The First Wave

Written by James R. Benn
Review by Rebecca Cantrell

Irreverent and sarcastic, young Billy Boyle arrives in French North Africa in 1942 to broker a peace between the Vichy France-appointed leaders and the invading American forces. Things quickly deteriorate and the young Irish American cop is soon investigating murders, checking out a gambling ring, dodging smugglers, and trying to reunite with his incarcerated lady love, a British spy. His allies are a Polish baron with a death wish, a British speedboat captain with a grudge, and his stern commanding officer. His enemies are well, just about everyone else, including French collaborators, well-armed Nazis heading north, suspicious American hospital personnel, and anyone who doesn’t like his style.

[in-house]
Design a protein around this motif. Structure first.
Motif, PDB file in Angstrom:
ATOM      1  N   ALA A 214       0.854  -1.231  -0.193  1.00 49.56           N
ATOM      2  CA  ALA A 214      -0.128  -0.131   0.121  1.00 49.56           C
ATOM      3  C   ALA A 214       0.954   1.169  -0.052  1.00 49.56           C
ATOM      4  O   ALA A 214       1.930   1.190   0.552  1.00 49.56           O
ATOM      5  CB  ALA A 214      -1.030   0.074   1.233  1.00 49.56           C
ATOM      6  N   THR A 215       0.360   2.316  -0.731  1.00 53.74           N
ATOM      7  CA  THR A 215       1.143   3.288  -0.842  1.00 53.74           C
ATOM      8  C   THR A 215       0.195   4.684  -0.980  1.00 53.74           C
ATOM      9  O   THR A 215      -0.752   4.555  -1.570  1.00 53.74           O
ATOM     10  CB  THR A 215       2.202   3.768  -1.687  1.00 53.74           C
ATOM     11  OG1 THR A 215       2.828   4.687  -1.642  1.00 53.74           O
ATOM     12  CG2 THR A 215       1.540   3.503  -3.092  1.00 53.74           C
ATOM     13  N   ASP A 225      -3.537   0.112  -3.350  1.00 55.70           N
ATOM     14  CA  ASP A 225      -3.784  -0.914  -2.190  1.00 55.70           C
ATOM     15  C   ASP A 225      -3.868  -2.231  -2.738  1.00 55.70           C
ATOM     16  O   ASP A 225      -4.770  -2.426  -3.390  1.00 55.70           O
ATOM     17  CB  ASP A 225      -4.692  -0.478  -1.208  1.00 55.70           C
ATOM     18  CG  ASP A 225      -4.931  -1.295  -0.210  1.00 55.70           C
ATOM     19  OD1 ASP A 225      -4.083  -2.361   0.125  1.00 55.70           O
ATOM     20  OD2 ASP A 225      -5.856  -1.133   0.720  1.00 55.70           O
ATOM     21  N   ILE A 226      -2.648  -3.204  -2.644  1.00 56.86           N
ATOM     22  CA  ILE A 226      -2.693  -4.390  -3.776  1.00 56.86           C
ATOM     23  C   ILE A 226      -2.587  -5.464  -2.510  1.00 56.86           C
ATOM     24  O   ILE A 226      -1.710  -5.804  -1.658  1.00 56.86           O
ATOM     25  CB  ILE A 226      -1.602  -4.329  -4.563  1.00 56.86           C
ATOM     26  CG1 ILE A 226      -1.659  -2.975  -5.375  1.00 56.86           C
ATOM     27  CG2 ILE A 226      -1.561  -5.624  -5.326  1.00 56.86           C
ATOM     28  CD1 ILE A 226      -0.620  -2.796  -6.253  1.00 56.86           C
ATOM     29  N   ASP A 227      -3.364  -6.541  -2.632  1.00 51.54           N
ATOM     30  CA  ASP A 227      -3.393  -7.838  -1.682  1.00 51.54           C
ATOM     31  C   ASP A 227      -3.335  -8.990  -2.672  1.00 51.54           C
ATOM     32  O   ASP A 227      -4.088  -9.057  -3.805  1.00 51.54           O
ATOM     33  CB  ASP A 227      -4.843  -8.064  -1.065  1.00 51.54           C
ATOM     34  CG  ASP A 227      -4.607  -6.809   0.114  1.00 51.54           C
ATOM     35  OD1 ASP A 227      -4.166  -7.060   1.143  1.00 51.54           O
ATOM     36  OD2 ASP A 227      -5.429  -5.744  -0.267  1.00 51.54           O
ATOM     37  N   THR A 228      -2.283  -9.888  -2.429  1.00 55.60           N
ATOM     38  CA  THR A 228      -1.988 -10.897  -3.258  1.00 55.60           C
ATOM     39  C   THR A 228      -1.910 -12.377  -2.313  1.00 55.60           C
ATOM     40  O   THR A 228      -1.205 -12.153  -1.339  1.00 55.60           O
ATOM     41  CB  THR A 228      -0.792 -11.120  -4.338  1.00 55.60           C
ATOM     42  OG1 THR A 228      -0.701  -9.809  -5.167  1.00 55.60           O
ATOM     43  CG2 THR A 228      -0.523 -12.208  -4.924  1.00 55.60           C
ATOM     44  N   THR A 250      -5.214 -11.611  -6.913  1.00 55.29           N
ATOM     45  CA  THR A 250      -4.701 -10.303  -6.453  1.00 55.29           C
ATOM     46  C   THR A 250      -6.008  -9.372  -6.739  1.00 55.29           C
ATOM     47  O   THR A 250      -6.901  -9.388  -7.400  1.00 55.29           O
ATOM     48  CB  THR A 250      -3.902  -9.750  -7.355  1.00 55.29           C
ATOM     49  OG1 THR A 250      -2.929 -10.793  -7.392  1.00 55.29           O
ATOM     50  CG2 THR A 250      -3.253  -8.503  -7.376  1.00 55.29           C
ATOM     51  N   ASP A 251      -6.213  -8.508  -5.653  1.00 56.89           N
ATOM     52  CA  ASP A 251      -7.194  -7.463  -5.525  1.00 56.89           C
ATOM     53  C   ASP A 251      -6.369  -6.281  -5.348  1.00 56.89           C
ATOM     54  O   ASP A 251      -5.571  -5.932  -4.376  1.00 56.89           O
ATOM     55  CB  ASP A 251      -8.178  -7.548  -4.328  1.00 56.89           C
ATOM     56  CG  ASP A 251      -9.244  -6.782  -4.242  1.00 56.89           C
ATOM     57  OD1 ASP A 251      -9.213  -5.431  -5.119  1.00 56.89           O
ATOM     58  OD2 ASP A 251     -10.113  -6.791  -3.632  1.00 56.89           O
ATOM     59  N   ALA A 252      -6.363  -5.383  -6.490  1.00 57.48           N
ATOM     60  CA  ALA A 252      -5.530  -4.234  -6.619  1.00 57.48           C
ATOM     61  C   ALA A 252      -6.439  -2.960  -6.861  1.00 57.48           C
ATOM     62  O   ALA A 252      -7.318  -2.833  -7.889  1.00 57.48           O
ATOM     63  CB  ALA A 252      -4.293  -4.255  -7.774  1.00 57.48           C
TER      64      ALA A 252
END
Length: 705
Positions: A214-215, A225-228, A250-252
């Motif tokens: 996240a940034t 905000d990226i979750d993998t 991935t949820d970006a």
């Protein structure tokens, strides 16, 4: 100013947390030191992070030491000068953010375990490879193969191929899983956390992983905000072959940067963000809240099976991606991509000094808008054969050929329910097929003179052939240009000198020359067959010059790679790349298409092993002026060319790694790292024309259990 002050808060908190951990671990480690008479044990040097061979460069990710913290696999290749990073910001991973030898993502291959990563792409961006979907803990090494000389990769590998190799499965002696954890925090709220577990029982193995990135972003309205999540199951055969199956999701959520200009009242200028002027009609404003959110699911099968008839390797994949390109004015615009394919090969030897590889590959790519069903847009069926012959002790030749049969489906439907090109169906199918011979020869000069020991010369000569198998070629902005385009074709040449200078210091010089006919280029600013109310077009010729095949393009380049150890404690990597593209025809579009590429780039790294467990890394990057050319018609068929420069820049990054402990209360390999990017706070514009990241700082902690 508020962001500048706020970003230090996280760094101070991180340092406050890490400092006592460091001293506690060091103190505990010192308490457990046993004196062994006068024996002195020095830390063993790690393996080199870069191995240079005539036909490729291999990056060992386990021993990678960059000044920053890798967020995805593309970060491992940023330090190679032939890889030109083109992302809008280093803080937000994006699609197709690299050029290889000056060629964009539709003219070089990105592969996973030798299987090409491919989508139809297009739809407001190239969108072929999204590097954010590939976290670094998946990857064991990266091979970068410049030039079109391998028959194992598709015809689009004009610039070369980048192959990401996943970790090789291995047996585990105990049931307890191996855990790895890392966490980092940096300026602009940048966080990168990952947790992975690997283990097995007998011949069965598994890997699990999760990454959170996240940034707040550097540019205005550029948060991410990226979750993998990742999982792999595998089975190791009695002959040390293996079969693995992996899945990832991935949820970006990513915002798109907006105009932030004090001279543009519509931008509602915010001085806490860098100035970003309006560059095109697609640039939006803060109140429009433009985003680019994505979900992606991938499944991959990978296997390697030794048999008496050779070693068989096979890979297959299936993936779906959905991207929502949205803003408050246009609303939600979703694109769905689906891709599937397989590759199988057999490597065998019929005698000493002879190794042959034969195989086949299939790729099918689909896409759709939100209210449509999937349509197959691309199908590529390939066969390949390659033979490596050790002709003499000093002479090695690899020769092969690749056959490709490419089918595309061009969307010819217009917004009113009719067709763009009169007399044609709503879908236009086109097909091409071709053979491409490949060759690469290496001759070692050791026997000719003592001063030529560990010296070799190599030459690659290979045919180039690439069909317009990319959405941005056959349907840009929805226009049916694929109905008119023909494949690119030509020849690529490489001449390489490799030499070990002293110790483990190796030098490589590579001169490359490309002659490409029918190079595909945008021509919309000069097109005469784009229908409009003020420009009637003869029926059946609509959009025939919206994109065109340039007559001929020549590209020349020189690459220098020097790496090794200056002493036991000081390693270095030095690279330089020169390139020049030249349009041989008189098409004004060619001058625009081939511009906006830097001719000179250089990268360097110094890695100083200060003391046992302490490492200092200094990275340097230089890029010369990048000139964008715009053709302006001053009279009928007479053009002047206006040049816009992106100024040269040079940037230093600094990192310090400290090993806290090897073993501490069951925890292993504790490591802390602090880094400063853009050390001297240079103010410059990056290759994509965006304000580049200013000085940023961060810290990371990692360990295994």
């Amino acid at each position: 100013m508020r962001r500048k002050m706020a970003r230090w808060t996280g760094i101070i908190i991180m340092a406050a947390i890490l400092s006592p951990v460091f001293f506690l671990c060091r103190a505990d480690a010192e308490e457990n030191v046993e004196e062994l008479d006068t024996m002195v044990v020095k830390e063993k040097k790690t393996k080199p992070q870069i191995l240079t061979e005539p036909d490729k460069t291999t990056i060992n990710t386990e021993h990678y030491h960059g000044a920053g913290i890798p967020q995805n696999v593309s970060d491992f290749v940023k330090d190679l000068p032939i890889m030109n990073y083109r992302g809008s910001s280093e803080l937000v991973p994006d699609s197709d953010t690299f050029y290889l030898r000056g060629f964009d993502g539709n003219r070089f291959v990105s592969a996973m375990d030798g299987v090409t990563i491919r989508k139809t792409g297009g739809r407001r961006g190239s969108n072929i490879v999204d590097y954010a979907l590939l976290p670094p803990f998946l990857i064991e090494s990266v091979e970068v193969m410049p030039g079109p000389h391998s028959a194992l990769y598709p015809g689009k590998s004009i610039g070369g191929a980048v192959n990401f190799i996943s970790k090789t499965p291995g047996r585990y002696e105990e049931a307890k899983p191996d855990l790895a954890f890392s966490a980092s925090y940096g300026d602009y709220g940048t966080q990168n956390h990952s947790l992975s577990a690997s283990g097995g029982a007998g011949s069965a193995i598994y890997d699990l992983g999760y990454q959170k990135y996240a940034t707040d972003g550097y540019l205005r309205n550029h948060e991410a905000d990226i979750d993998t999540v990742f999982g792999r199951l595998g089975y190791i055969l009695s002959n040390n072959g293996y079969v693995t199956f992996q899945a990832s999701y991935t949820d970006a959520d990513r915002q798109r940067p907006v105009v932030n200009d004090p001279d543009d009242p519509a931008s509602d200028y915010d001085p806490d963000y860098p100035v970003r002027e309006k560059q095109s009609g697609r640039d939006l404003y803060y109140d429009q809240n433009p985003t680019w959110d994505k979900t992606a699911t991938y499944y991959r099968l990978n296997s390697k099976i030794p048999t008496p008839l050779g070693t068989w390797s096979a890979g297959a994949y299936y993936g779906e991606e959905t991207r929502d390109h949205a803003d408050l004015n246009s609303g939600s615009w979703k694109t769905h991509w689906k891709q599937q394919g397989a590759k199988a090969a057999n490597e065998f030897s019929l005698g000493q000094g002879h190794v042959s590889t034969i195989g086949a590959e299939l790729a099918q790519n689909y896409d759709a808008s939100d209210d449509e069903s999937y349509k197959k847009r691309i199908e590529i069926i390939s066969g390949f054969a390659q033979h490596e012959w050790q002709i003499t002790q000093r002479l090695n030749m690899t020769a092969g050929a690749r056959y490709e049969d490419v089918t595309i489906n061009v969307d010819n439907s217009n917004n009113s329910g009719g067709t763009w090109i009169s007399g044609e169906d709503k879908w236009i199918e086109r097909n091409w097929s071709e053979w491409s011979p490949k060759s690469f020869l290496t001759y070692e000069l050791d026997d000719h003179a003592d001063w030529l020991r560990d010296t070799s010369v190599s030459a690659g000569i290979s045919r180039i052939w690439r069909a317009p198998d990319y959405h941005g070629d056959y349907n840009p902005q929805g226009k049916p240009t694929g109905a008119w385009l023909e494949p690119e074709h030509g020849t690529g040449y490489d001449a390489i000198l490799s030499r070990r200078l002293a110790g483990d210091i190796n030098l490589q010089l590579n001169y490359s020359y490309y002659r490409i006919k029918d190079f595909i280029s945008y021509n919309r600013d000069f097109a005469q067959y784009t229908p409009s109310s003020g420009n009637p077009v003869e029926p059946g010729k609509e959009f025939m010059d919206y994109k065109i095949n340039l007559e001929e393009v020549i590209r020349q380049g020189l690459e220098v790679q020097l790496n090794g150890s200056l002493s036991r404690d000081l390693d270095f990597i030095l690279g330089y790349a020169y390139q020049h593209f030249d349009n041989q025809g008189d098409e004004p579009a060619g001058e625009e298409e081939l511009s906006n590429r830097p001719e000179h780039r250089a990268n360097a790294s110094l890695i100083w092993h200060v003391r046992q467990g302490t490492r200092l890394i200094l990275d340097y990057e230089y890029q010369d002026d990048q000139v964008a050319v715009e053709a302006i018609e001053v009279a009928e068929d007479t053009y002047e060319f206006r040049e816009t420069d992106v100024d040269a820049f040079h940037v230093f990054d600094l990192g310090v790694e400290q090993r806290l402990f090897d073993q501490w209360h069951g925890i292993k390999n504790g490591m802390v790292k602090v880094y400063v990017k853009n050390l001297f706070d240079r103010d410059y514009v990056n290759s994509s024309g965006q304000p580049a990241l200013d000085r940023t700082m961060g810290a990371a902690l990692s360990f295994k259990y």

Billy’s dark sense of humor is infectious. He does his best to keep his head down and get through the war. But subtle political maneuvering on a large scale and petty acts of individual violence on a small scale make that impossible. A well-paced story with engaging characters wading through the blood, flies, and treachery of World War II North Africa.